Breaking a promise made to Victoria Climbié’s parents in 2003 to build a free primary school in memory of their daughter was never an option for Mor Dioum, co-founder of the Victoria Climbié Charitable Trust and director of the Victoria Climbié Foundation, writes Caroline Lovell.
His promise goes to the heart of a story that ended in tragedy after Victoria’s parents allowed their daughter to accompany her great-aunt to Europe from Africa in pursuit of a better education.
It may have taken three years of fundraising, but the trust reached its £80,000 goal and the Centre D’Education Primaire Victoria Adjo Climbié will open in September.
Set in the Climbié family’s home town of Abobo, a suburb of the Ivory Coast capital, Abidjan, one of its first pupils will be Victoria’s younger sister, Joel. Until this point, the nearest free school was at least half-a-day’s walk away for children in Abobo. Now, up to 360 local boys and girls aged between six and 12 will be able to attend the new school.
Over three years, the trust received donations from individuals across the UK, including members of the National Teachers Union, churches and celebrities.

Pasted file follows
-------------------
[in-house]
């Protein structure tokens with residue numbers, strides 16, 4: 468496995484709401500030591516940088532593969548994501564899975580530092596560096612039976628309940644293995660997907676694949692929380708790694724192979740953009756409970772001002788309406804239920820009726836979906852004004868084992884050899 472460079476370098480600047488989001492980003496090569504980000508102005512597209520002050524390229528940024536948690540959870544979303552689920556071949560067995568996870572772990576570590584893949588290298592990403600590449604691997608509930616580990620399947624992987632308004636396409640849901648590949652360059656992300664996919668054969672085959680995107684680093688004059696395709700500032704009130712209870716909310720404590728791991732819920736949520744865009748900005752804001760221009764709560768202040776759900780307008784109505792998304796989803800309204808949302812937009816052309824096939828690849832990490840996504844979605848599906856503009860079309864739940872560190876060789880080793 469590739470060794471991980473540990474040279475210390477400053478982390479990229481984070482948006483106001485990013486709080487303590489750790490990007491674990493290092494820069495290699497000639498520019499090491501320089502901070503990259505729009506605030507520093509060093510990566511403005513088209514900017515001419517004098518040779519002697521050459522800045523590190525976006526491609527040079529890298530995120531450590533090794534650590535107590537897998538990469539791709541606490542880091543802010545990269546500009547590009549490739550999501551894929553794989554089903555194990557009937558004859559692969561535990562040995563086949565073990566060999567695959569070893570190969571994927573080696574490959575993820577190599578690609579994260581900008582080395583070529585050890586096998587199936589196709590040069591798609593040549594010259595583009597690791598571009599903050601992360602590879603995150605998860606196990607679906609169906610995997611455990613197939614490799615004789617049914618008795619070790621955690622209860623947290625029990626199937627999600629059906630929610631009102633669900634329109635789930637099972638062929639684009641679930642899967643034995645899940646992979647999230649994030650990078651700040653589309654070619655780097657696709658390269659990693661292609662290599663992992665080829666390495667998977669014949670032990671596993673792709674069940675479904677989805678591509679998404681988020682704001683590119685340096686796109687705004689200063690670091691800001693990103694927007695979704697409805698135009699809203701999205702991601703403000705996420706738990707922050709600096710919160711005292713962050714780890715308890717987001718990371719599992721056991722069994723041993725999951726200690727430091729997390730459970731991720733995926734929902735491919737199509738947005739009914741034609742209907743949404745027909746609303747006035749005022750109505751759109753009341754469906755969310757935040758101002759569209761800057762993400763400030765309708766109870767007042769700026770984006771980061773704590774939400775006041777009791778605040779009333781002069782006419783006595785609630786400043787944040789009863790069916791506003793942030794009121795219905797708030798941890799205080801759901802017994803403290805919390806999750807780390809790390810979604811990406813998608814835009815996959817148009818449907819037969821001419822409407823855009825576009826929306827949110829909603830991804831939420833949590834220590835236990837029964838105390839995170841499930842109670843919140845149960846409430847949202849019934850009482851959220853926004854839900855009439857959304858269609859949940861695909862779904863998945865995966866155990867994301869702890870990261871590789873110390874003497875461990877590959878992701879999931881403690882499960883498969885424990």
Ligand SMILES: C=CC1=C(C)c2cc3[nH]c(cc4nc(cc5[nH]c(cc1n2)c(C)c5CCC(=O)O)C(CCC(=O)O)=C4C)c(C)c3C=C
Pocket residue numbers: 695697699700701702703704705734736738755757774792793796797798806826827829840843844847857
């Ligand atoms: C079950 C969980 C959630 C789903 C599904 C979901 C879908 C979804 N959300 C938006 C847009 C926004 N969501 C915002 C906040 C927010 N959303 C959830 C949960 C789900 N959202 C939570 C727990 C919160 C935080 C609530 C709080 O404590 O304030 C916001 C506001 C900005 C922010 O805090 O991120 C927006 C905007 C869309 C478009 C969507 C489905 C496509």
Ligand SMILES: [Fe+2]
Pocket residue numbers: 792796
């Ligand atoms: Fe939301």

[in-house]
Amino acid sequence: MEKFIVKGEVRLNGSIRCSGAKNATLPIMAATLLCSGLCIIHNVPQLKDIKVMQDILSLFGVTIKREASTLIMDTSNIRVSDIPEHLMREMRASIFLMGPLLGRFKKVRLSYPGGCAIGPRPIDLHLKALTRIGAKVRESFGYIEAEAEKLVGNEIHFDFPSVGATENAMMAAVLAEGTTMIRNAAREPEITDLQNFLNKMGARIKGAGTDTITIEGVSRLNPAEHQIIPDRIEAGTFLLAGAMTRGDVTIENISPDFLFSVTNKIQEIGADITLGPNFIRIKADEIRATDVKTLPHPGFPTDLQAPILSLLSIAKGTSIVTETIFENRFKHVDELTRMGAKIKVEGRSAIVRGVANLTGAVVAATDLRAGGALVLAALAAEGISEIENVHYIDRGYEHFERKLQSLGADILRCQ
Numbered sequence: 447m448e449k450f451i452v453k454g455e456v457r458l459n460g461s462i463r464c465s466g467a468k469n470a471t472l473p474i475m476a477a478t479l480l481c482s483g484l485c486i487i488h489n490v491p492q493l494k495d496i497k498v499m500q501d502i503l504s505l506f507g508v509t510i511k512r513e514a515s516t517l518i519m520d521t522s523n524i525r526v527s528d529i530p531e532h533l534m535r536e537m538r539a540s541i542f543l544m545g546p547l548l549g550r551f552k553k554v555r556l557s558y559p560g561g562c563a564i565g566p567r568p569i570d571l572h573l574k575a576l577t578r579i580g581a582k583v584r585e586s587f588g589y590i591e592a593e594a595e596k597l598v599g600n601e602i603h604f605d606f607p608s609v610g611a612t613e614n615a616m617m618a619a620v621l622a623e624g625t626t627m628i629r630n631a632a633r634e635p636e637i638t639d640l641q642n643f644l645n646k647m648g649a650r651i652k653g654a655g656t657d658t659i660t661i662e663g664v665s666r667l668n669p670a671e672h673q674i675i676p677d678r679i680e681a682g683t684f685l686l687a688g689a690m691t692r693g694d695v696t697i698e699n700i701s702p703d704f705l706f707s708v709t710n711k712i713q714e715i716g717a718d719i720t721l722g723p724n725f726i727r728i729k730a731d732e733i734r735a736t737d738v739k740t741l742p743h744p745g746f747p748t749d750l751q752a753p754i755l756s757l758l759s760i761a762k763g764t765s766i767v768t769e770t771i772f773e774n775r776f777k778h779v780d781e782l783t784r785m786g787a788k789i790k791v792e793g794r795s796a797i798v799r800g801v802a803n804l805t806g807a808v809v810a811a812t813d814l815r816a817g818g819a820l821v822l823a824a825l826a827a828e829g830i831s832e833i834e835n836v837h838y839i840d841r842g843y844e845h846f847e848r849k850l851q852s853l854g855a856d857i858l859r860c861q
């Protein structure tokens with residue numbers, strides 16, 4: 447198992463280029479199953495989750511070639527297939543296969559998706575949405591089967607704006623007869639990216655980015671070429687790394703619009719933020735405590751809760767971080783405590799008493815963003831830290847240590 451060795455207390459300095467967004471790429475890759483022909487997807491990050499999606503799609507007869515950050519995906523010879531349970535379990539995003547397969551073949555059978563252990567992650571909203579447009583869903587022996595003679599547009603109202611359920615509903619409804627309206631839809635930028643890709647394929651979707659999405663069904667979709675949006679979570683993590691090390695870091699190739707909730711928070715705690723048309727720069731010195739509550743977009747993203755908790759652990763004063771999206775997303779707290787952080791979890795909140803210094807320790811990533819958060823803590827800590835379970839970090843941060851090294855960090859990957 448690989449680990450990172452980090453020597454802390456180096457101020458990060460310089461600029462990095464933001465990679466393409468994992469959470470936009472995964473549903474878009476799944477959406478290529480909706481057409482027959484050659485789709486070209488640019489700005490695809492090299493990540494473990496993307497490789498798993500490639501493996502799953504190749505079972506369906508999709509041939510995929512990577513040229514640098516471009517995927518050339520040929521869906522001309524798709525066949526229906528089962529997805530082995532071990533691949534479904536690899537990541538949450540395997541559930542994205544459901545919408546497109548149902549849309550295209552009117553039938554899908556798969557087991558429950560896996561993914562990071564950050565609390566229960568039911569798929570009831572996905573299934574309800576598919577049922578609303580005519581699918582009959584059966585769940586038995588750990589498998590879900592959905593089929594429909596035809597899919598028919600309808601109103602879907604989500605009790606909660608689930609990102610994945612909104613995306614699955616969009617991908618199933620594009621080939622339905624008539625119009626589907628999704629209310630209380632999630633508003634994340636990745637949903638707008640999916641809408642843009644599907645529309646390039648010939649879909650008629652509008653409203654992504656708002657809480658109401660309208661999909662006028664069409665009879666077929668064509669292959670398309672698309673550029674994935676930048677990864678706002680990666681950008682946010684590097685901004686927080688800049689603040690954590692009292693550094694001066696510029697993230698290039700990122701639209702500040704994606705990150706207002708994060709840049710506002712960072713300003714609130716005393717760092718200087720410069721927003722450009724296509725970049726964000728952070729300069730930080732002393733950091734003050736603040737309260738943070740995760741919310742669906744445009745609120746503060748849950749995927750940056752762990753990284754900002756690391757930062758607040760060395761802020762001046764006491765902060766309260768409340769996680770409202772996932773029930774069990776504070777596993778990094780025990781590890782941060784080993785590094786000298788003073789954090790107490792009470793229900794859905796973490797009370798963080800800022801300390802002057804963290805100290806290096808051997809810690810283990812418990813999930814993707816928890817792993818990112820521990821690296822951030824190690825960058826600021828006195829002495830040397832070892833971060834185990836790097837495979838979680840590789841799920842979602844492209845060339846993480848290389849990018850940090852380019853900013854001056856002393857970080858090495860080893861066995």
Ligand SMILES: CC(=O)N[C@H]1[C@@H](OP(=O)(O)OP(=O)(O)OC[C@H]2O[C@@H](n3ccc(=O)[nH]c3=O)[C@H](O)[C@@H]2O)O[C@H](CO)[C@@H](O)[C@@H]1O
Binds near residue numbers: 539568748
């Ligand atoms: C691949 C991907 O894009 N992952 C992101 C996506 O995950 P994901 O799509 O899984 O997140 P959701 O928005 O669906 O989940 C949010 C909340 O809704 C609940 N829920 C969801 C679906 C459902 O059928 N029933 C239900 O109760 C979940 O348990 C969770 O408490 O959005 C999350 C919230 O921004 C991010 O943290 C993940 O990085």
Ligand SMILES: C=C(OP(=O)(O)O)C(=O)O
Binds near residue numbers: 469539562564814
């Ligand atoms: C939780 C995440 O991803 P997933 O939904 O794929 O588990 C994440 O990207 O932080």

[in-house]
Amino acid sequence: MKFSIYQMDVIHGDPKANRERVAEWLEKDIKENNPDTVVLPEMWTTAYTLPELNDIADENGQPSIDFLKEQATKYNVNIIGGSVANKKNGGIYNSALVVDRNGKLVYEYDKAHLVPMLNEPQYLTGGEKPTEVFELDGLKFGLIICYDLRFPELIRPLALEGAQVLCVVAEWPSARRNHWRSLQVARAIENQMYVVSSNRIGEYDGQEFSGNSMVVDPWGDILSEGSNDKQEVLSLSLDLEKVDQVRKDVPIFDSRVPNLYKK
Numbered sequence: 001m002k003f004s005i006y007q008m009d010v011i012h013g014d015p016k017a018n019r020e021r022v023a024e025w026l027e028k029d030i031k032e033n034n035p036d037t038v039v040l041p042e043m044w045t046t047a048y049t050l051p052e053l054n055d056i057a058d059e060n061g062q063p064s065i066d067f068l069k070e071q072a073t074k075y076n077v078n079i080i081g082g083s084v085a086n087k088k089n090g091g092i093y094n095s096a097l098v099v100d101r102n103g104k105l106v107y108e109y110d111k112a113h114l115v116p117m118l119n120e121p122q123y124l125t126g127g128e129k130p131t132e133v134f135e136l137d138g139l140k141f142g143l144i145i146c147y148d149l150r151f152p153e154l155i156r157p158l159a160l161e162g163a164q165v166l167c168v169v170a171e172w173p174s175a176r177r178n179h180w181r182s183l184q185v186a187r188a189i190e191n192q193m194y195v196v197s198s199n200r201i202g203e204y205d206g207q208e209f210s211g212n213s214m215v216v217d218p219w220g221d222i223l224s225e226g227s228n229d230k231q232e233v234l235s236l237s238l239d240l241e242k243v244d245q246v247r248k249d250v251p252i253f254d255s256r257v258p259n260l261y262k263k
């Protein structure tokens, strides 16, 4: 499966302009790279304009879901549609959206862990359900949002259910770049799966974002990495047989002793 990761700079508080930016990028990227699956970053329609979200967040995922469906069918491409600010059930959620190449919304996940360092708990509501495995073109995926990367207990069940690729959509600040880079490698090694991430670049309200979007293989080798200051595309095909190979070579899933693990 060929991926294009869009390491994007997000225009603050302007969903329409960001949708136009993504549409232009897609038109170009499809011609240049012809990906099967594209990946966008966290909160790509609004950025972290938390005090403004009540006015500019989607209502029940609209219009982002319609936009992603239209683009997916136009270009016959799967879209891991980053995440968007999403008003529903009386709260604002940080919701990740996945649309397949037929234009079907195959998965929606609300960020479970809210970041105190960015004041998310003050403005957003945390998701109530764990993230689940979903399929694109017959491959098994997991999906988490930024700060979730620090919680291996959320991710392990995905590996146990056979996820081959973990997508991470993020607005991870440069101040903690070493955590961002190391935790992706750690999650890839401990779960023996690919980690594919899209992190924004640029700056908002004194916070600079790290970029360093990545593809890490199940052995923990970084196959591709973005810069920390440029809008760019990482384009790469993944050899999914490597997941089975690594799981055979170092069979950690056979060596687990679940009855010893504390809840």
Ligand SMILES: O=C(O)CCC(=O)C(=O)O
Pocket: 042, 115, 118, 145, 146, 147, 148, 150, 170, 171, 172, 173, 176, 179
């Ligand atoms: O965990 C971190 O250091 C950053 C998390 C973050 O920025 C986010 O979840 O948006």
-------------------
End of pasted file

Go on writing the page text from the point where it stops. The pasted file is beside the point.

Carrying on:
The final £80,000 package excludes a pledge from the former children’s minister Margaret Hodge, who said in 2003 that the government would give £10,000 to the school. A spokesperson for the Department for Children, Schools and Families said the money was always intended to cover the administration costs of a full academic year, not to cover building costs, and would be passed on to the trust after the school opened.
The trust is now also working with non-governmental organisation Organisation Nationale Pour L’Enfant, La Femme et La Famille, which runs family, child protection and education projects in the Ivory Coast and will support the eight teachers and one school administrator at the school.
Meanwhile, the Victoria Climbié Foundation, set up by Victoria’s parents after Laming’s public inquiry, has helped more than 300 families and children in child protection cases in the UK over the past five years.
“Our strength is that we have gained trust from various communities to talk about child protection and child abuse,” says Dioum. “We have become experts on the subject and are well placed to bridge the gap between statutory agencies, care services and ethnic minority communities.”